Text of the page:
1928 Rolls-Royce Phantom I Town car by Hill & Boll of Yeovil, Somerset The car was first delivered to Hubert. J. Lawrence of West Lavington, Wiltshire, an important dairy farmer who owned West Park Farm and Dairy. Recently children of the farm workers who lived at West Park have been contacted and all can remember the RR which Lawrence would only drive on sunny Sundays and family weddings. Later Lawrence fought in the 1939/45 war.Ownership passed to William Cross in Oakland, California from 1971 until recently, a period of almost fifty years.Completely unknown fresh car and not been seen in decades. Runs sweetly. Largely original throughout and good structure to the body. Original roof and linings in excellent condition. Front-facing folding jump seat in the rear interior. Provision for rear mounted trunk and for a rear-mounted spare along with the side mounted spare. Correct three bar Lucas headlamps. Original plates with original UK registration number, MW5172. Barker-style dipping headlamps.Heroic, classic proportions.Pebble Beach preservation class?More details about the car will be added later, and many more images are available.See a movie of the car in motion at https://youtu.be/kB8F89YWTQE and see the Barker dipping headlamps demonstrated at https://youtu.be/2Y7OhUeh8YgGlyn Morris +1 847 274 5874 email@example.com Car is in Deerfield, Illinois. Willing to fully assist with overseas shipmentsNote: Images of this car also include a photograph that appeared in the 3 April 1896 edition of 'The Engineer' magazine, captioned "Petter and Hill and Boll's Oil-Motor Carriage".. An earlier example of their coachwork! There is also an image of a 1931 milk tank wagon belonging to West Park Farm of Market Lavington, used to bring the milk to London.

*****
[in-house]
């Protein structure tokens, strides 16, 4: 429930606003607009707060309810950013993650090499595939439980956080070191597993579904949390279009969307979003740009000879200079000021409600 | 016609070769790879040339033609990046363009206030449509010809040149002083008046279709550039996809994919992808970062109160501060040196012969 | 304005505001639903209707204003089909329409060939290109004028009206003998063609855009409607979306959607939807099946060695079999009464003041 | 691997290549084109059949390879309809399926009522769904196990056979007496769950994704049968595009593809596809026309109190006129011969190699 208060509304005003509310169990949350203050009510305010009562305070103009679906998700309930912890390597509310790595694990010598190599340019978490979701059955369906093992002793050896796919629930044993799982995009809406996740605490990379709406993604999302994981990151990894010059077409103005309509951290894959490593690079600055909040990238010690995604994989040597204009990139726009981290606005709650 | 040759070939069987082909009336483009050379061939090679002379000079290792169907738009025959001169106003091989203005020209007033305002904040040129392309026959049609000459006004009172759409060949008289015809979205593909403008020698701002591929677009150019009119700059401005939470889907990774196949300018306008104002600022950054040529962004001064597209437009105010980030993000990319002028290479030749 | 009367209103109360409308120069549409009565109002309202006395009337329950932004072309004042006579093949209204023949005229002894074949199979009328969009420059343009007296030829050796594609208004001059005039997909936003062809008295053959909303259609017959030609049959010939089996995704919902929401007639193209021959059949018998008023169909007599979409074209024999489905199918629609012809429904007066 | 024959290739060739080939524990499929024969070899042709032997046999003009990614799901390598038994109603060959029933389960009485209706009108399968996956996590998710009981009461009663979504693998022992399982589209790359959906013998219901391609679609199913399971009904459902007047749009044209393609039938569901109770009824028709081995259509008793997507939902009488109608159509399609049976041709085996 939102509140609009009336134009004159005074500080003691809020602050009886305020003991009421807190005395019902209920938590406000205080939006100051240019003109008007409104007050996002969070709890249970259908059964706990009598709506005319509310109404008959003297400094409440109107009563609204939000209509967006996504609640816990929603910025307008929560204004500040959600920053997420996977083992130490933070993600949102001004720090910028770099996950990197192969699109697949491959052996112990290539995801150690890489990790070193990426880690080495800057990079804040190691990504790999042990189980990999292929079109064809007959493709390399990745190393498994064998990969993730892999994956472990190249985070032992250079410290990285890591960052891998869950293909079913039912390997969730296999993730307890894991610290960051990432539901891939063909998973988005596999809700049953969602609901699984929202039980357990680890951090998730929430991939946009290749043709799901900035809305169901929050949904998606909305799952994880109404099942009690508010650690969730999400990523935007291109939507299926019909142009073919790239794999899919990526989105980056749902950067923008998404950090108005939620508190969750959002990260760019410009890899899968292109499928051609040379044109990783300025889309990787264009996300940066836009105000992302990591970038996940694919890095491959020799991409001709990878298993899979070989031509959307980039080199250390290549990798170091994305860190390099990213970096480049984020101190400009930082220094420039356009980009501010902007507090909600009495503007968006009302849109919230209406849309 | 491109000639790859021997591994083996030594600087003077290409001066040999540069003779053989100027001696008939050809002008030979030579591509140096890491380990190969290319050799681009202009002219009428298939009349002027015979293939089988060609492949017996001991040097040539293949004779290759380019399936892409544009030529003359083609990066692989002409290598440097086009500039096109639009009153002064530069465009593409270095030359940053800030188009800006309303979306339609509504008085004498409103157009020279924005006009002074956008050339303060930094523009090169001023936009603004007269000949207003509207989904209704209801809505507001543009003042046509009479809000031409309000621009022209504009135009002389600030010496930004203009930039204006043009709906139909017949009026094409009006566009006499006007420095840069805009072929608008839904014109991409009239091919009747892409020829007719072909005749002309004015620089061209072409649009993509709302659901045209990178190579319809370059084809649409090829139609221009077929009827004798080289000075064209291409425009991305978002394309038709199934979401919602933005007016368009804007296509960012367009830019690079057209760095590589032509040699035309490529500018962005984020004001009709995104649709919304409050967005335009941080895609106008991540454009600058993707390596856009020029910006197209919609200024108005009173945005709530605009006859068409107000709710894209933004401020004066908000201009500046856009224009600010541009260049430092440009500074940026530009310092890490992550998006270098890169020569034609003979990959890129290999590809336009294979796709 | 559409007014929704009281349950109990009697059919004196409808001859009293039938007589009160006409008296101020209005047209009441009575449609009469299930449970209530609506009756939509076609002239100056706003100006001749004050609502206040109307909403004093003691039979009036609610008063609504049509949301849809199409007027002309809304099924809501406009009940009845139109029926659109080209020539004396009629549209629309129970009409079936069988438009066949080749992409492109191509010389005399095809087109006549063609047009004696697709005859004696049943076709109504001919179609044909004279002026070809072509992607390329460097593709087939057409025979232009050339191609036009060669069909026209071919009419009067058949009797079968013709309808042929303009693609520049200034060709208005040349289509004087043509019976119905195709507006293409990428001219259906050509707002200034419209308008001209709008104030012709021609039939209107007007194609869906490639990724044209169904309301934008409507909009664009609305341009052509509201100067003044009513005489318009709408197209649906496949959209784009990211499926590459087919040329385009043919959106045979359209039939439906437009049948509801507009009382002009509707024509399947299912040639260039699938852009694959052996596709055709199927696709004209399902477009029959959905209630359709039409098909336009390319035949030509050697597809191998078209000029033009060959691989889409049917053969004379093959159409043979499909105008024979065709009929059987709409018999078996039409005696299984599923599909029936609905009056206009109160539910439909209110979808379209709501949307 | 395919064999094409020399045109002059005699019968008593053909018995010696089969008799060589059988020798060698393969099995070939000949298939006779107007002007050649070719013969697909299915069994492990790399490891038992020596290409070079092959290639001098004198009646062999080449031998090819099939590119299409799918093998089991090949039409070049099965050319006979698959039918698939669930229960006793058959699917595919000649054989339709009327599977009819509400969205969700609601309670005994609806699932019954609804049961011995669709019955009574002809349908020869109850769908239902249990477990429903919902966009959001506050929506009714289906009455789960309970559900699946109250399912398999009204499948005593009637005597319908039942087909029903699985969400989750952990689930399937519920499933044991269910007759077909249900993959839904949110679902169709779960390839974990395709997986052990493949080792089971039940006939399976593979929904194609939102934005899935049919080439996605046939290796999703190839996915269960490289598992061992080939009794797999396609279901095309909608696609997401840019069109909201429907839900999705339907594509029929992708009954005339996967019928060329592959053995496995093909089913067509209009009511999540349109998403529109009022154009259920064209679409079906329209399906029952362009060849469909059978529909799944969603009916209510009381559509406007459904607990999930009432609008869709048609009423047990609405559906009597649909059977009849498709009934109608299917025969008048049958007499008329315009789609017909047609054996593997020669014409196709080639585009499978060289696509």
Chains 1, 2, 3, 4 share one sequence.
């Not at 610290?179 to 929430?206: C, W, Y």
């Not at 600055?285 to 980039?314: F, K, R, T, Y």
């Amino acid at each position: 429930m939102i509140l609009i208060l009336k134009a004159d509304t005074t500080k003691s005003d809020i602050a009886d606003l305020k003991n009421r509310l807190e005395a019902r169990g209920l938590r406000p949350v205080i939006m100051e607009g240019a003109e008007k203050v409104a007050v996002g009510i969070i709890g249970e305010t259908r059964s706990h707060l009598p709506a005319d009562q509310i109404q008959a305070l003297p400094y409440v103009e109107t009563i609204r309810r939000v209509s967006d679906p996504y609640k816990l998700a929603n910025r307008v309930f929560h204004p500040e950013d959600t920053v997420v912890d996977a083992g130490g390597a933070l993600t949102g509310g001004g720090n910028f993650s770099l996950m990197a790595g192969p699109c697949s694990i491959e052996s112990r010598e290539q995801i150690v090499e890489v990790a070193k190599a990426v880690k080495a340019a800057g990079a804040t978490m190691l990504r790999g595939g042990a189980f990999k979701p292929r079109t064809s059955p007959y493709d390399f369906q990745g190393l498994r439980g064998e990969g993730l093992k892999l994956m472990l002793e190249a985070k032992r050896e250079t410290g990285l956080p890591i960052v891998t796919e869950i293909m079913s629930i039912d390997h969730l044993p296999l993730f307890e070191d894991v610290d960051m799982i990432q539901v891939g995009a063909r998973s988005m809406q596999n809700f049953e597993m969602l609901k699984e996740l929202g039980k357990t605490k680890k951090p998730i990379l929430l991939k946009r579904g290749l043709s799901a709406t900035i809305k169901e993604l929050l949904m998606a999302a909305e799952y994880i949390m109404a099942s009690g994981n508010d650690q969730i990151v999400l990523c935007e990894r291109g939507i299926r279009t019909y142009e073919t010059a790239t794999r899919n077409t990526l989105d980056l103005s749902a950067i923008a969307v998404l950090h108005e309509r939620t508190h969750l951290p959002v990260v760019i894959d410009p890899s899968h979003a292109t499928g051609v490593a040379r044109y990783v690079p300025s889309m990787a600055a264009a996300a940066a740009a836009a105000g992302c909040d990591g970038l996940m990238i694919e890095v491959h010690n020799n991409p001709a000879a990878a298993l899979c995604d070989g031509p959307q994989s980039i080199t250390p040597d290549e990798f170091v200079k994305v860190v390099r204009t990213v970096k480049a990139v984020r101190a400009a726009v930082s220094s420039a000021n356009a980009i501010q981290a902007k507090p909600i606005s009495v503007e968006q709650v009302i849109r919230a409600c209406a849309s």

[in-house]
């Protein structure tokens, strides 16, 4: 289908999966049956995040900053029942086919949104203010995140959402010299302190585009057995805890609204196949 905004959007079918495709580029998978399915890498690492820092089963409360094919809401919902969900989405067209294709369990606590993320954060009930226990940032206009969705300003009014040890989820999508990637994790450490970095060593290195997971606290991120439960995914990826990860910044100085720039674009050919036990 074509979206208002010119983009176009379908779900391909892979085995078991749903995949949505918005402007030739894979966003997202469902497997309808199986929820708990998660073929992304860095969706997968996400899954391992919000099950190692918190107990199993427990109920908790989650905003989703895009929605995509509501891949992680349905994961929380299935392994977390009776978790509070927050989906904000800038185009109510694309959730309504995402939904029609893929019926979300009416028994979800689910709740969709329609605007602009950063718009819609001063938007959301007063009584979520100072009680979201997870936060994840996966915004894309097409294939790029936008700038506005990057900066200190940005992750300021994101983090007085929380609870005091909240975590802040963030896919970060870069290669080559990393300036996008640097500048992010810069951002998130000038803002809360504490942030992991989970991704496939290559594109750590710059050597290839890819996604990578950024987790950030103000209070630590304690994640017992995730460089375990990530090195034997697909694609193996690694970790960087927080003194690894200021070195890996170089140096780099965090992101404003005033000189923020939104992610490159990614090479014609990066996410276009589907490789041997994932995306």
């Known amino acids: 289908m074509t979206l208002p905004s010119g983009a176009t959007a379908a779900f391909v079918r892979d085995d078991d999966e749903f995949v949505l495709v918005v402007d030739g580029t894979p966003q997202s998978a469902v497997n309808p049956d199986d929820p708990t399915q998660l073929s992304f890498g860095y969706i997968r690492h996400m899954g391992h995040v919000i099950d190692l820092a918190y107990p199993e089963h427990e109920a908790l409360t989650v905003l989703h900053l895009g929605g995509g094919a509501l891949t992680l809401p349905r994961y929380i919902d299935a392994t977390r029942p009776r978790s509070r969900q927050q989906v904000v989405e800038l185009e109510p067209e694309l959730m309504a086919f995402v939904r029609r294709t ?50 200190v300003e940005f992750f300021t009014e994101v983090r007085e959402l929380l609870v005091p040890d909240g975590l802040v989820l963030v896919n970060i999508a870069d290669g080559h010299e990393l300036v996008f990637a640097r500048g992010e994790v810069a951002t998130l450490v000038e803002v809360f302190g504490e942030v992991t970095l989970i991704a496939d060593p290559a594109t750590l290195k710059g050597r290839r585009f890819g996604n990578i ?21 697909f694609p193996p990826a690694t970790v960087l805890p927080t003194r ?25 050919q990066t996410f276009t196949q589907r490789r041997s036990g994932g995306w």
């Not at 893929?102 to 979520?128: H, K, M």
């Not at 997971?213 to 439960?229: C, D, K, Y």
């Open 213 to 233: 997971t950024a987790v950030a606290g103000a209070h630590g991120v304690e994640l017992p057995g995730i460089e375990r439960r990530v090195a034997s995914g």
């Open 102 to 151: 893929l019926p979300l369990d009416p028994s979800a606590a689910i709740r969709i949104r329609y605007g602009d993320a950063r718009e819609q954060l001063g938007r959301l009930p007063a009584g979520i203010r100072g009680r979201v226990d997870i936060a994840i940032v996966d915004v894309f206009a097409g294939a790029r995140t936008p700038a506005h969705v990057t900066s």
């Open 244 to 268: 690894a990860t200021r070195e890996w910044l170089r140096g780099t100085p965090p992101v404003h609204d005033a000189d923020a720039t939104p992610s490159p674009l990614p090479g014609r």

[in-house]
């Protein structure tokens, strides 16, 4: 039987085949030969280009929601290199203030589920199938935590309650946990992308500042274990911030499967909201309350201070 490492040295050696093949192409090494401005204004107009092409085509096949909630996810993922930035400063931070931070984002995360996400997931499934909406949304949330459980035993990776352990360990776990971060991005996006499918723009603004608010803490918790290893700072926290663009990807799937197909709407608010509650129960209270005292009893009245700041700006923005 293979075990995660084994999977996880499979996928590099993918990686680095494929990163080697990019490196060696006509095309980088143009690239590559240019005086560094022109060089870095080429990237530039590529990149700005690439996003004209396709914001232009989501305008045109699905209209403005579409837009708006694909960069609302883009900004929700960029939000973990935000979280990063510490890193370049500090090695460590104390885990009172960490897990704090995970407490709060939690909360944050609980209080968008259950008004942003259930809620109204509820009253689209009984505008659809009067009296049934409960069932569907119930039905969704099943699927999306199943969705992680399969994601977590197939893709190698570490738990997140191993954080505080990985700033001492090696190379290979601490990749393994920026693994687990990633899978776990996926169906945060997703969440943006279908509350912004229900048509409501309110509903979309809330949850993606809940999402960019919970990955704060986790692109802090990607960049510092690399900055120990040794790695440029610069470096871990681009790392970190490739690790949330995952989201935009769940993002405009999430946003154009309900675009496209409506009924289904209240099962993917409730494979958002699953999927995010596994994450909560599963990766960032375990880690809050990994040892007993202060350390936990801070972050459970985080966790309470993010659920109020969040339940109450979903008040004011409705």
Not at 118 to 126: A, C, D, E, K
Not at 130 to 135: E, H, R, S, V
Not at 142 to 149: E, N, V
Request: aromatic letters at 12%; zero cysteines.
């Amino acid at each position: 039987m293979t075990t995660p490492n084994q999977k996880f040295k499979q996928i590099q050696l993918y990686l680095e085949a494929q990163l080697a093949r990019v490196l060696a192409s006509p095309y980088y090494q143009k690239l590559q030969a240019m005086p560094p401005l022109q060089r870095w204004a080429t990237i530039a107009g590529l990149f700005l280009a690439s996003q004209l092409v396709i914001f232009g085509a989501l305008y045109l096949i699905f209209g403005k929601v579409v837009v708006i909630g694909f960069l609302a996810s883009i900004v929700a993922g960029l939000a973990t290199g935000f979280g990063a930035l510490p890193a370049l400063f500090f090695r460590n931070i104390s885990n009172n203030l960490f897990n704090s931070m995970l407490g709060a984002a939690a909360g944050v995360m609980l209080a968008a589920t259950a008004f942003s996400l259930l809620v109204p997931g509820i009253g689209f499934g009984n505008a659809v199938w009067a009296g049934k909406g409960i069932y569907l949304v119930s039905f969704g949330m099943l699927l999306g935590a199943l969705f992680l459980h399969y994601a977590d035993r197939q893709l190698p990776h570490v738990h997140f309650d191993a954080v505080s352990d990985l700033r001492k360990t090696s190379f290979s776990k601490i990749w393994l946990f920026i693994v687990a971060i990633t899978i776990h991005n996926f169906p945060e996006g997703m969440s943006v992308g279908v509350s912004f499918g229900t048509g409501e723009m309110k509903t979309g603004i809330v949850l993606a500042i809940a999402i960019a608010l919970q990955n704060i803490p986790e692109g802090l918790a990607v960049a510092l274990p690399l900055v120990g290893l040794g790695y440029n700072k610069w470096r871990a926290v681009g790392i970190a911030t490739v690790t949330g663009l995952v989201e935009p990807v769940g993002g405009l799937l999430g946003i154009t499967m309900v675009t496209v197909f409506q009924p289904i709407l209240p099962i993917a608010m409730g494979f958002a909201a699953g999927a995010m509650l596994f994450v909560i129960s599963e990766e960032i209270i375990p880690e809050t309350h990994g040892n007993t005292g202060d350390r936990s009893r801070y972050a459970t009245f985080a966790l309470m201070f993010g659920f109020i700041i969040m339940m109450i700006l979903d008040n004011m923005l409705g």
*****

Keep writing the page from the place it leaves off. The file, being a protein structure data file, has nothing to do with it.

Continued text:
Background on Hill & Boll, courtesy of Bob Osborn HILL & BOLL CARRIAGE BUILDERSBy Bob OsbornCoachbuilders from carts to cars John Hill was born in 1830 in Sherborne, the son of Thomas Hill and his wife, Charlotte. Little is known of John's early life but in the winter of 1863 he married 23-year old Sophia Milborne, daughter of Yeovil tailor and draper John Milborne and his wife Elizabeth, née Bidder.It is not known when Hill's Carriage Works first started but the advertisement in Whitby's Yeovil Almanack Advertiser of 1878 says "Established 40 Years" indicating a founding date of around 1838 which suggests that it was begun by John's father, Thomas, although the 1841 census does record that Thomas was a baker by trade. The carriage works does not appear on Day's map of 1831 but it is shown on the 1858 map.One of the exhibitors at the Bath & West of England Agricultural Show held in Ram Park during 4, 5 & 6 June 1856 was Yeovil carriage manufacturer John Hill, at the time only 26 years old. The judges of the show recorded that his carriages "exceed anything in workmanship, lightness or design yet introduced" and the Western Flying Post described him as "the best carriage manufacturer in the West".In the 1871 census 41-year old John Hill was listed as a coach builder and was next to the carriage works and opposite the Red Lion Inn in Kingston with Sophia, aged 31, and their two daughters; Bessie Sophia aged 6 and 3-month old Charlotte.John died in the winter of 1874, aged just 44, and Sophia continued to manage the coach building business. In the 1881 census Sophia was a 41-year old widow listed as a coach builder and lodging with her was Johann H Boll, also listed as a coach builder. Johannes Heinrich Boll became a naturalised British citizen in 1885 and changed his name to John Henry Boll. He married Sophia's daughter, Bessie Sophia, in 1886. By 1889 the carriage works had changed from Hill's Carriage Works and was being advertised as Hill & Boll, Carriage Builders of Kingston and Park Road, Yeovil and South Street, Sherborne.John and Bessie were to have three children; Hilda born 1887, Frederick born 1890 and Evelyn born 1892. In the 1891 census John and Bessie were living in Pitney Cottage, Kingston, with their daughter Hilda and son Frederick. John was aged 33 and listed as a coach builder and was effectively running Hill & Boll.
Alfred J Milborne (b1888) recalled this event -
".... This calls to mind the burning down of Hill and Boll's coach factory which took place while we were living at 32 Kingston. This was the biggest fire we ever had in Yeovil and it was quite spectacular."
The Yorkshire Herald reported in its edition of 21 August 1896 - "The extensive carriage works of Messrs Hill and Ball (sic), Yeovil, were destroyed by fire yesterday. The premises burnt include the workshops rebuilt after a fire which occurred last year."